Irish immigrants flocked to Cleveland after the potato famine in 1848. Along the Cuyahoga River in Ohio City grew a concentrated Irish neighborhood known as Irishtown Bend. It was so named because of the Irish shantytown located along one of the…

On October 3, 1869, one of football's most iconic figures was born in Ohio City. Today he is best known as the namesake of the most prestigious award in college football, the Heisman Memorial Trophy. The trophy is awarded annually to the nation's…

The Cleveland Municipal Light Plant was the product of Mayor Tom L. Johnson's vision for a city that owned or controlled all of its own public utilities and public transportation companies. Mayor Johnson's campaign for municipal ownership was…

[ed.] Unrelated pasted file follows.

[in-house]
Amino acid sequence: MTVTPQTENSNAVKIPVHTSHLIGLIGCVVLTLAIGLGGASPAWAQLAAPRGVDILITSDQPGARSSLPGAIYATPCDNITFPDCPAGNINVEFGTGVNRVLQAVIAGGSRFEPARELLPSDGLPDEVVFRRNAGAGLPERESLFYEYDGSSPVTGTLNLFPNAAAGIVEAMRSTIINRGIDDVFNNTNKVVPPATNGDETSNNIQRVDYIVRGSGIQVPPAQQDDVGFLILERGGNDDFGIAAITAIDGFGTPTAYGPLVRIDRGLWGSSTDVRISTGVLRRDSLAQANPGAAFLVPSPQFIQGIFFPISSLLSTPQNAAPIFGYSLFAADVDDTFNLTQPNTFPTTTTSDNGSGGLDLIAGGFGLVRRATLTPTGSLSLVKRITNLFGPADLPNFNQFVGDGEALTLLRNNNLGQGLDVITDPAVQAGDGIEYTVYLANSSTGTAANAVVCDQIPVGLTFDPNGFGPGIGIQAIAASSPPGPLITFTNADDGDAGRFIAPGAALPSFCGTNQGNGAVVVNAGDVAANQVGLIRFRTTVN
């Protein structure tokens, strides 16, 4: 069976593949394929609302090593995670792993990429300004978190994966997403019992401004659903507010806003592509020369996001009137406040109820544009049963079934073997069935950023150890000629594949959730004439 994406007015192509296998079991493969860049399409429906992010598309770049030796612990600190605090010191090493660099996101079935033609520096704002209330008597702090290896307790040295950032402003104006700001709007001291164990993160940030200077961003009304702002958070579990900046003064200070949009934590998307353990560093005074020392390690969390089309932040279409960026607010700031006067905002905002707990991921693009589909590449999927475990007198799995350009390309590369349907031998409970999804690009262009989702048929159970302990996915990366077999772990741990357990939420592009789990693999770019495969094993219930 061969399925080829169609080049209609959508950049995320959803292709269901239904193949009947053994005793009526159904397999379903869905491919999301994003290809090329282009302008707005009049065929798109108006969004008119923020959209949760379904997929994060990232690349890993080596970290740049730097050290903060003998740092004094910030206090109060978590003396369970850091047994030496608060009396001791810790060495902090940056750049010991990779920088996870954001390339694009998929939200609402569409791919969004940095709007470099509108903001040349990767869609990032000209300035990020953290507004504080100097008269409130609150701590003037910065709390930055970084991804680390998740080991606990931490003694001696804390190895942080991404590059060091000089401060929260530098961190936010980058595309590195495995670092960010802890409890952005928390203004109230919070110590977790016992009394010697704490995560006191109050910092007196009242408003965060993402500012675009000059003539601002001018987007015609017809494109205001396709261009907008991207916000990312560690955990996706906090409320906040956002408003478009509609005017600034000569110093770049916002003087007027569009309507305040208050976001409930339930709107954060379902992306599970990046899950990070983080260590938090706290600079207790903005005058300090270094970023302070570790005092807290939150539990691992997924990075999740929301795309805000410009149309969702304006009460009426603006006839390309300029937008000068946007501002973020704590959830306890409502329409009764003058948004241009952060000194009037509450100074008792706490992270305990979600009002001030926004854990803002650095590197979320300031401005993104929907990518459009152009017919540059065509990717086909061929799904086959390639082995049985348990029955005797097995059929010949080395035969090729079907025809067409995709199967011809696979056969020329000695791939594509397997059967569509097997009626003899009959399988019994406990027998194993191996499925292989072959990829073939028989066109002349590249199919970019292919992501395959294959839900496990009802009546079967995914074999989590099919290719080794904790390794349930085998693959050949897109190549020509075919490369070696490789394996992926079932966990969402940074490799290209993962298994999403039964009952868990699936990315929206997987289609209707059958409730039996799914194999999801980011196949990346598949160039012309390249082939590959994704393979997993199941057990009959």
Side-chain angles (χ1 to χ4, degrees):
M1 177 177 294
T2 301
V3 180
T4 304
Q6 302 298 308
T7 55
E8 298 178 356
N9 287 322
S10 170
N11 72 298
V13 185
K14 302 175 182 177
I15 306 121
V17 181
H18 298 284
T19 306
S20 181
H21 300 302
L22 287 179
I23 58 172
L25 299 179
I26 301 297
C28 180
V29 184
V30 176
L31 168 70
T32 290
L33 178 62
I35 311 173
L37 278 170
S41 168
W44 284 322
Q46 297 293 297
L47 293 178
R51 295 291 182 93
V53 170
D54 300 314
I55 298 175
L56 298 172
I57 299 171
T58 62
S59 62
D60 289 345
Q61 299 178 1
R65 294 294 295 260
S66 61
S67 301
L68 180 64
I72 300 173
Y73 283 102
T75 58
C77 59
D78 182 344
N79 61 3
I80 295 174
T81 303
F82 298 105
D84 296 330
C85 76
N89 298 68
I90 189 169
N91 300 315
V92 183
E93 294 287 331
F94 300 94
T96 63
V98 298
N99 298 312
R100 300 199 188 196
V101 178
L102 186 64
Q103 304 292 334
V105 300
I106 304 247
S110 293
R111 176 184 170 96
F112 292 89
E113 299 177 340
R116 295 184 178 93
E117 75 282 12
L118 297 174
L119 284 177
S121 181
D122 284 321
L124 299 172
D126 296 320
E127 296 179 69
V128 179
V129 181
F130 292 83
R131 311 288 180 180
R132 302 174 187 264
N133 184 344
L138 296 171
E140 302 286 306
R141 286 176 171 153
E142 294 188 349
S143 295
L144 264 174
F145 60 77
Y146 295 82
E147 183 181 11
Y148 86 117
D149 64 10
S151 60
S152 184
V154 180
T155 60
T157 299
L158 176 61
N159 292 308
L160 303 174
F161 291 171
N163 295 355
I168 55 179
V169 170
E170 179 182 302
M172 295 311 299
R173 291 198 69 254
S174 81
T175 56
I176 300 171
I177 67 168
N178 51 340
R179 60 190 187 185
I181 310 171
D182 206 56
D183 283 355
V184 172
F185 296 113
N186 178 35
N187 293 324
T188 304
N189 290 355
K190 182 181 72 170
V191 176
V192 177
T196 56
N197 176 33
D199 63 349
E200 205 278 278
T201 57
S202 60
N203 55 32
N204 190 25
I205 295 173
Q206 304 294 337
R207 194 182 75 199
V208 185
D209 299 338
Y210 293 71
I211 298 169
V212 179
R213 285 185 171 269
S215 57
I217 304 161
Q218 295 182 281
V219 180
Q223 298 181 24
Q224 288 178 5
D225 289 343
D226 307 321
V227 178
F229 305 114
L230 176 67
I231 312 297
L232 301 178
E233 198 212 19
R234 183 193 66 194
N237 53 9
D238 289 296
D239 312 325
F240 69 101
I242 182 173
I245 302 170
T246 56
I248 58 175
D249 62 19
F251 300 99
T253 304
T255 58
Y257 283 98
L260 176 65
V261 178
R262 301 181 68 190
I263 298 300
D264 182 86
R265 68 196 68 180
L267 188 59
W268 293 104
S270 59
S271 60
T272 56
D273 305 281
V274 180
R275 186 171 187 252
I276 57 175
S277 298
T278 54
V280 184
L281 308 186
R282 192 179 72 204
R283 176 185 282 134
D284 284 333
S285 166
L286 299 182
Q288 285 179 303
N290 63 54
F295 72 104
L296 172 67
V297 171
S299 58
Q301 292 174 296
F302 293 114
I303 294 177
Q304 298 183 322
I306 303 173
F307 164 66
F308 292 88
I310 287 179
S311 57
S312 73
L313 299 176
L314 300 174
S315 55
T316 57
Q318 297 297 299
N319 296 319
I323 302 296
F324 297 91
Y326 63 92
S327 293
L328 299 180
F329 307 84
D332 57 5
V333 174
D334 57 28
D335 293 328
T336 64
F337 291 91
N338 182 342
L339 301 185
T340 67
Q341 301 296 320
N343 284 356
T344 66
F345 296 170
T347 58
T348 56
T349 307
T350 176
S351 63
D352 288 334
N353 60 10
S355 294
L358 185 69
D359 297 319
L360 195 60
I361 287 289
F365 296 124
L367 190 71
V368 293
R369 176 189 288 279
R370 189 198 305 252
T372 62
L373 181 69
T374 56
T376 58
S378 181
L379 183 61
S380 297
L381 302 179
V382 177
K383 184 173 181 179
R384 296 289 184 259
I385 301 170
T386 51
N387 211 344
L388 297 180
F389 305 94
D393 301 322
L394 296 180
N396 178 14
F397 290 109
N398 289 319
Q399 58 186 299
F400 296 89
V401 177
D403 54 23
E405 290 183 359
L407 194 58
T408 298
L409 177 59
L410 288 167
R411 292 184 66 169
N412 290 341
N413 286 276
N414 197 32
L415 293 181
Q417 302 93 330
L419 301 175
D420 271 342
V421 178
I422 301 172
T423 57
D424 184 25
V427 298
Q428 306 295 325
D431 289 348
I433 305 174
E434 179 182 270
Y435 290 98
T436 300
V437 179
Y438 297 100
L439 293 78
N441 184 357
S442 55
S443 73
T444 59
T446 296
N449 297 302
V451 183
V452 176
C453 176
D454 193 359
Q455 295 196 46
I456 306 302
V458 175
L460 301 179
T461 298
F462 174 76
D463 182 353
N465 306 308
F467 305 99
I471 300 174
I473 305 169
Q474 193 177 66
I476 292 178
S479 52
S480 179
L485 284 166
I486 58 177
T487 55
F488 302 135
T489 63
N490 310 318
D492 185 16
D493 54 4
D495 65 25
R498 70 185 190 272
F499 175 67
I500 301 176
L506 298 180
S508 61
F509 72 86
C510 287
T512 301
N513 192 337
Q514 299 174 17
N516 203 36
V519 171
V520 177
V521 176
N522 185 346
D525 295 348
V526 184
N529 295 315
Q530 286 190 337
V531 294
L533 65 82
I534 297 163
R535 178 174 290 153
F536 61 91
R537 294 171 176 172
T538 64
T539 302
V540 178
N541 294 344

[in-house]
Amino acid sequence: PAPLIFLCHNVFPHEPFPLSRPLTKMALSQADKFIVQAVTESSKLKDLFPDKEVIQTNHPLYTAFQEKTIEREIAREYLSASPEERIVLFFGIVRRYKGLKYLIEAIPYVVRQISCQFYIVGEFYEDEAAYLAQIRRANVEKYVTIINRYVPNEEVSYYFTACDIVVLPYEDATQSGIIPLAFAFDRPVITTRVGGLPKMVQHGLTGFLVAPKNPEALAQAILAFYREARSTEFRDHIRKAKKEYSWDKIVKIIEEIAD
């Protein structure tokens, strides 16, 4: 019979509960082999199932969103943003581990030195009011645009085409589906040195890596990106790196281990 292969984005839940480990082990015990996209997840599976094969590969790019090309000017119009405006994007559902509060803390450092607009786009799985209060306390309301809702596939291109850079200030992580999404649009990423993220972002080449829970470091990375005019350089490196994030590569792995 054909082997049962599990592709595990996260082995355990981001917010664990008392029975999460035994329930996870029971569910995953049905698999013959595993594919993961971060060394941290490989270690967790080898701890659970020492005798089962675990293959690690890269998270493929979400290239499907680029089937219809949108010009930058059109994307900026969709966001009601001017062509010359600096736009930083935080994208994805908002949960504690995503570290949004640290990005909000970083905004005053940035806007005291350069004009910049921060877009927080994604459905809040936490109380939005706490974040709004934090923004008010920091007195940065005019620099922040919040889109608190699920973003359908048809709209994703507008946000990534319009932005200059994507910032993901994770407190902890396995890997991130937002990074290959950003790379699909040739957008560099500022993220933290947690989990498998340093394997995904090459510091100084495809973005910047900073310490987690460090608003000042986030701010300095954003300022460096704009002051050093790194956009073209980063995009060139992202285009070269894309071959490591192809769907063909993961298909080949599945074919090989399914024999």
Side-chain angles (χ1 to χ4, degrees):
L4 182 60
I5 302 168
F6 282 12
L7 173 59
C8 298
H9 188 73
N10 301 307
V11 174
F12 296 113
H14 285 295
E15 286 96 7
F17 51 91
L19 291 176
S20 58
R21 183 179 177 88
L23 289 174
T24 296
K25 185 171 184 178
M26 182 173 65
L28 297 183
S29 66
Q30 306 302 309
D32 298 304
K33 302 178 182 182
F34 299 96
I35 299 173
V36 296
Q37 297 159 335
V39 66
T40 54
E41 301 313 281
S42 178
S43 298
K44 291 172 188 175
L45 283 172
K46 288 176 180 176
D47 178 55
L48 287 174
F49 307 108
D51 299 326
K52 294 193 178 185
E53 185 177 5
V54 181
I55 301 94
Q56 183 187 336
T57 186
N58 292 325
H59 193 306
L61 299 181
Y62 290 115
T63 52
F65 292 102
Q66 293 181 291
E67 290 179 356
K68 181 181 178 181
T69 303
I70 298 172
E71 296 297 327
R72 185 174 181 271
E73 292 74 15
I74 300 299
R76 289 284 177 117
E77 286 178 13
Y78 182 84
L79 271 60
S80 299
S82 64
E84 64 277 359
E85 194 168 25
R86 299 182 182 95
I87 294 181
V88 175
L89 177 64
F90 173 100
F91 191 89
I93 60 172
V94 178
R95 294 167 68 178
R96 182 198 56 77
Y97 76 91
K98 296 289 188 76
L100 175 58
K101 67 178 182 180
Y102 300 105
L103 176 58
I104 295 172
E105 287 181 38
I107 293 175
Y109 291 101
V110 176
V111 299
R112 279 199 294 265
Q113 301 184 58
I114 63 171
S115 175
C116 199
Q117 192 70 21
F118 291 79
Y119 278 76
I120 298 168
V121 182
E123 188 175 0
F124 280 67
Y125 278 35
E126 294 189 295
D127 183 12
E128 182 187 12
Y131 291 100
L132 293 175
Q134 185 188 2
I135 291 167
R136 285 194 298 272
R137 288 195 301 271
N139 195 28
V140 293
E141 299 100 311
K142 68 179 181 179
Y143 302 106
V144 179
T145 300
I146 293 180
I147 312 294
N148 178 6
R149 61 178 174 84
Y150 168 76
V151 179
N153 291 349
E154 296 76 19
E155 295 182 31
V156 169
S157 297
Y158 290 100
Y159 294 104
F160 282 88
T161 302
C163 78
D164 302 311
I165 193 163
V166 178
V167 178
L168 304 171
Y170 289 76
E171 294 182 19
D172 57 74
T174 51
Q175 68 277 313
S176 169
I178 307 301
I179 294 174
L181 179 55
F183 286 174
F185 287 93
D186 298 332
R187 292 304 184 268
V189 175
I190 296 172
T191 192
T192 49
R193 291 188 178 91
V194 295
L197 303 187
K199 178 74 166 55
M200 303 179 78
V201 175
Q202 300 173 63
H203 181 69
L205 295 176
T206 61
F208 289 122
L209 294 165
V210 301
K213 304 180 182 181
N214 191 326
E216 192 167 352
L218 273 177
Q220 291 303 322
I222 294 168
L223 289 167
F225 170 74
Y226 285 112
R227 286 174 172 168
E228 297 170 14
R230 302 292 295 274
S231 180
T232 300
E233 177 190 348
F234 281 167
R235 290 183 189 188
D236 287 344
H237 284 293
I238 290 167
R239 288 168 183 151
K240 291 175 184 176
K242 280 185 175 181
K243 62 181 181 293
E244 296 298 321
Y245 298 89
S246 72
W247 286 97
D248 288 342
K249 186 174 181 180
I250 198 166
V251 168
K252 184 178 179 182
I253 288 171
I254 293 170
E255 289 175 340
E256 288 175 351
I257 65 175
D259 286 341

Prior to its absorption into Cleveland Electric Illuminating Company (C.E.I.), Brush Electric Light & Power Co. developed the equipment used for Cleveland's first electric streetcar line. The line was operated under the East Cleveland Railway Co.,…

With regard to Cleveland's west side, the addition of the Avon Lake Power Plant on Lake Road in 1926 is arguably the most significant project taken on by Cleveland Electric Illuminating Company (CEI). Situated 23 miles west of CEI's Public Square…

The National Electric Lamp Association (NELA) formed in 1901 under Franklin Terry and Burton Tremaine. Much of NELA's light-bulb innovation stemmed from, and competed with, both Brush's arc light technology, and Thomas Edison's incandescent lamp…

Founded in 1892 as the Cleveland General Electric Co. by Charles F. Brush, C.E.I. adopted its current name just two years later, and headquartered its corporate offices within the Cuyahoga Building on Public Square. C.E.I.'s stint in the Cuyahoga…